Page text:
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|pformclass 1.0.0||GNU General Publi...||7||HTML, PHP 5|
This package can compose and display HTML forms on Web pages.
Paul's Form Library is a PHP form library. You use it to make creating forms easier. It saves on writing the whole thing out in HTML.
The library allows you to create the following field types:
Normally, the individual fields are defined in an array. This is then
either fed to the
form class constructor, or fed to the
form object via
set() method. In the view, the individual fields are typically called
out where needed. For example:
$fields = [ 'username' => [ 'name' => 'username', 'type' => 'text', 'size' => 20, 'maxlength' => 20, 'required' => 1 ], 'password' => [ 'name' => 'password', 'type' => 'password', 'size' => 10, 'maxlength' => 20, 'required' => 1, ], 's1' => [ 'name' => 's1', 'type' => 'submit', 'value' => 'Send' ] ]; $form = new form($fields);
The above code would be in the controller. In the view, there might be something like:
<form method="post" action="#"> <label>Username</label> <?php $form->text('username'); ?> <br/> <label>Password</label> <?php $form->password('password'); ?> <br/> <?php $form->submit('s1'); ?> </form>
What follows are the various field types and the parameters which may be
defined for each field type. For the most part, the parameters for each
field correspond to attributes of the
<input> tag in HTML. For example,
every field has a "name" parameter. This corresponds to the "name"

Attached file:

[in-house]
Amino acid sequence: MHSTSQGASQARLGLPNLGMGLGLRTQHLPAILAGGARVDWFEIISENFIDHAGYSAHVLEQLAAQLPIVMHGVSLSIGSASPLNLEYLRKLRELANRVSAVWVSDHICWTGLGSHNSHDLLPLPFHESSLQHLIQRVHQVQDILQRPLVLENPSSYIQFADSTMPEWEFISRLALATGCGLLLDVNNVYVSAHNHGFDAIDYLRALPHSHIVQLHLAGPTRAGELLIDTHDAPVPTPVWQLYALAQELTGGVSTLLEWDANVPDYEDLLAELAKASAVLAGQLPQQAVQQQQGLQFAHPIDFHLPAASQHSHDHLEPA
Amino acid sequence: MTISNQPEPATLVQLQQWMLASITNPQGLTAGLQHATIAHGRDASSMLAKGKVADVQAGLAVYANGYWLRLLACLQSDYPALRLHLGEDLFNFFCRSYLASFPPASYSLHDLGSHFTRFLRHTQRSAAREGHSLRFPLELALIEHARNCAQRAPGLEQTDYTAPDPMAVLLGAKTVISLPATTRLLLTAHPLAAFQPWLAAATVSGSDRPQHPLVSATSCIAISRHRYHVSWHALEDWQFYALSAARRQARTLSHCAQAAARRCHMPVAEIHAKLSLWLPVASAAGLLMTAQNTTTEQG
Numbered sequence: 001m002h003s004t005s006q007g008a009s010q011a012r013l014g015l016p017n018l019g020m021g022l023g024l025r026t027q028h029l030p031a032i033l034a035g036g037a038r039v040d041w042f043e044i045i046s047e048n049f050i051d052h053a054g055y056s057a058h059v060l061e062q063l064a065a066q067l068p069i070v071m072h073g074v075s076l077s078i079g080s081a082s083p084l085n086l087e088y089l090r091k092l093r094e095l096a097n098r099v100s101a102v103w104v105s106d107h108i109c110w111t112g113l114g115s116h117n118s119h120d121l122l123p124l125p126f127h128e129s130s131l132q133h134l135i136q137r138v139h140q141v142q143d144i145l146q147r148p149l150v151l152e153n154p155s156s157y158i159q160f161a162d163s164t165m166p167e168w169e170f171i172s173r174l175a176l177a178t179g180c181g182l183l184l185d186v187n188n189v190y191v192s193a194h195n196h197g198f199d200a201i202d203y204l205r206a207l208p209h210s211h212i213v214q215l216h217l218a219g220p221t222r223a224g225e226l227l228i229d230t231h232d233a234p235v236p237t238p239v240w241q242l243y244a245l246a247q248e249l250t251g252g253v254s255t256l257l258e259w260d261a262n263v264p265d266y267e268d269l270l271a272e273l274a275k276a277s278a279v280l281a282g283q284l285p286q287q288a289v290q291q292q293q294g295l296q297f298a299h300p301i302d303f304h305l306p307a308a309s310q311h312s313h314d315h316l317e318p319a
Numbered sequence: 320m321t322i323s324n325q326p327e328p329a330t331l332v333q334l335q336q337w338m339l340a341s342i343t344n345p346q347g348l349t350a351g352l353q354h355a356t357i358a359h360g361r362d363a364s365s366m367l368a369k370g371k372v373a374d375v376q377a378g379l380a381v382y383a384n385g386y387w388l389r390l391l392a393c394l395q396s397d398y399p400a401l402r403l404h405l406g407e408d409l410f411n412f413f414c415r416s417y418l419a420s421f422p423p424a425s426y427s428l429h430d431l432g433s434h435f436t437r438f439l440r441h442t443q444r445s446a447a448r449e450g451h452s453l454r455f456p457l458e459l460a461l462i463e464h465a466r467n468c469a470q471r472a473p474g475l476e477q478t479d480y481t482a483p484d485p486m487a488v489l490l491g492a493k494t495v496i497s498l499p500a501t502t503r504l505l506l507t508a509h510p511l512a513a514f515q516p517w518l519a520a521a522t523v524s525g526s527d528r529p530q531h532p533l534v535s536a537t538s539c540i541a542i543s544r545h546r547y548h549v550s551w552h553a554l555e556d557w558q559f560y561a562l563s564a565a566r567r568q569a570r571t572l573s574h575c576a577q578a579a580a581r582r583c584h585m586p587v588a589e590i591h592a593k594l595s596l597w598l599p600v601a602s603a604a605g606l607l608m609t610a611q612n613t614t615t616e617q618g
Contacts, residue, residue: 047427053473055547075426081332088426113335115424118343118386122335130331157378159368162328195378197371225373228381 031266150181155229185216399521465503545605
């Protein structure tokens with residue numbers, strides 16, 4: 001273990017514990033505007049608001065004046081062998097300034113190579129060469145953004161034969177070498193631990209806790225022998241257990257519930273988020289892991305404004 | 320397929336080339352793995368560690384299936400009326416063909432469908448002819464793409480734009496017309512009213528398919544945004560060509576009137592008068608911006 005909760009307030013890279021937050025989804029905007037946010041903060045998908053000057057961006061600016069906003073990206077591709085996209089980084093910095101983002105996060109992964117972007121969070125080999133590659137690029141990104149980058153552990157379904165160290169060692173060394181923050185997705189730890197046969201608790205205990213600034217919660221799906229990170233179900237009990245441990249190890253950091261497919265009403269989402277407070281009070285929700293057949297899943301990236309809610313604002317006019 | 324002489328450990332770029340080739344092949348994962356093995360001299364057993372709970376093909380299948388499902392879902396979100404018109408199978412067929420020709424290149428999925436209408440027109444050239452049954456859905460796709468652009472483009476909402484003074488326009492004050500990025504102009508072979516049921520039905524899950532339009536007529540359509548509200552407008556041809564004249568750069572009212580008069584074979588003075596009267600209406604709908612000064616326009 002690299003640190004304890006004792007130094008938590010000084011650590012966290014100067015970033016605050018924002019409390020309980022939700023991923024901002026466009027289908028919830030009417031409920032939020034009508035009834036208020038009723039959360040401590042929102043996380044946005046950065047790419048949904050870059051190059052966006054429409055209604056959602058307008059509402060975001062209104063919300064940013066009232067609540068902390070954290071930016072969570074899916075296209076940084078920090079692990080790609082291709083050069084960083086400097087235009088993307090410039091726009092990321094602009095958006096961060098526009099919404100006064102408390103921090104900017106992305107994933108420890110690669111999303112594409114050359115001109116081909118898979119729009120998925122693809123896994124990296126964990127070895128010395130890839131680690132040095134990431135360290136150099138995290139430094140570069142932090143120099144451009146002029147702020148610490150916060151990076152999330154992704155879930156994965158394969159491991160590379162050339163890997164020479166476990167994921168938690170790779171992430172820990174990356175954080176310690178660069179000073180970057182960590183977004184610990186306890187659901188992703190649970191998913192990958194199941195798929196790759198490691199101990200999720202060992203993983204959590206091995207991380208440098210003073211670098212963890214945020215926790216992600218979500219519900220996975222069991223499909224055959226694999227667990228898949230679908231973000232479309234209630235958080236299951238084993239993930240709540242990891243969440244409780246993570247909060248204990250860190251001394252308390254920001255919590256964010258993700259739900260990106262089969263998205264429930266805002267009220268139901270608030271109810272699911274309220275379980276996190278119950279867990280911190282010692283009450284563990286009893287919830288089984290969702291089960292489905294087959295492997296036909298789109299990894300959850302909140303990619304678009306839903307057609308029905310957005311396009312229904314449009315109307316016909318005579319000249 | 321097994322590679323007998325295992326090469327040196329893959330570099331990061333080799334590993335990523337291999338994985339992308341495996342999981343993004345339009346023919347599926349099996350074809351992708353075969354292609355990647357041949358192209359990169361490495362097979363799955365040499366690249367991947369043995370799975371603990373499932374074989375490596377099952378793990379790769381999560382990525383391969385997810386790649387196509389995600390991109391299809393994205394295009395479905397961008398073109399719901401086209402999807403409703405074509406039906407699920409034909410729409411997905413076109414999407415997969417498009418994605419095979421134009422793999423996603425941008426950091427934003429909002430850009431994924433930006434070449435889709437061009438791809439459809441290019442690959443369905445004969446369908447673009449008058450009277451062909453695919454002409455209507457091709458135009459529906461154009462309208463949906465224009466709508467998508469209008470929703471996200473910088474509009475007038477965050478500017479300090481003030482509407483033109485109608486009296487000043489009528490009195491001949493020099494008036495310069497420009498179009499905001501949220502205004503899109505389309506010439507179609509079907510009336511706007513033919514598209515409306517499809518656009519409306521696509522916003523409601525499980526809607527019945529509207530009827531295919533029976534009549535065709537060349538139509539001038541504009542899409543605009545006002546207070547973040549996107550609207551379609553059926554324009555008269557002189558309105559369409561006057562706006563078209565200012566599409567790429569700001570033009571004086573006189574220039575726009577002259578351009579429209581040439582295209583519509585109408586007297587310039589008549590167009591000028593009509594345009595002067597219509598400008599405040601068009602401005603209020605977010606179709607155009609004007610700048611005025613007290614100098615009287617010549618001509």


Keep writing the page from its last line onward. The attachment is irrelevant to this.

attribute, like this:
<input name="name_of_field" ...>
Select fields (dropdown menus) require a series of options to work. You must define these before you define the field itself. These options are in an array, where each member contains two components-- a label component called "lbl", and a value component called "val". Like this:
$fruit_options = [ ['lbl' => 'Apple', 'val' => 'A'], ['lbl' => 'Pear', 'val' => 'P'], ['lbl' => 'Watermelon', 'val' => 'W'] ];
Radio fields are like a hybrid of select fields and checkboxes. Like "select" fields, they require options to be defined before the field is specified. This is because, normally, you'd have more than one radio button which the user must select between.
An additional parameter is "direction". This comes about because you would normally have a label for each button. You want the buttons to appear on the right or the left of the label. In some cases, you want your radio buttons to stack one on top of each other. The direction parameter can take on these values:
The "options" parameter has the same structure as those of the "select" field type. But in the case of radio fields, the "lbl" parameter is the label which will appear next to the button. The "val" parameter is what registers when the particular button is pressed.
Parameters are as follows:
The parameters are as follows:
"Hidden" fields are specified in HTML and passed through the POST variable in forms.
The "file" field allows you to upload a field to a website. It gives the user a local file browsing window. The parameters are:
In order to make a "file" field work, there are two additional
requirements. First you must add an "enctype" clause to the
<form method="post" action="#" enctype="multipart/form-data">
The second thing needed is a hidden field like this: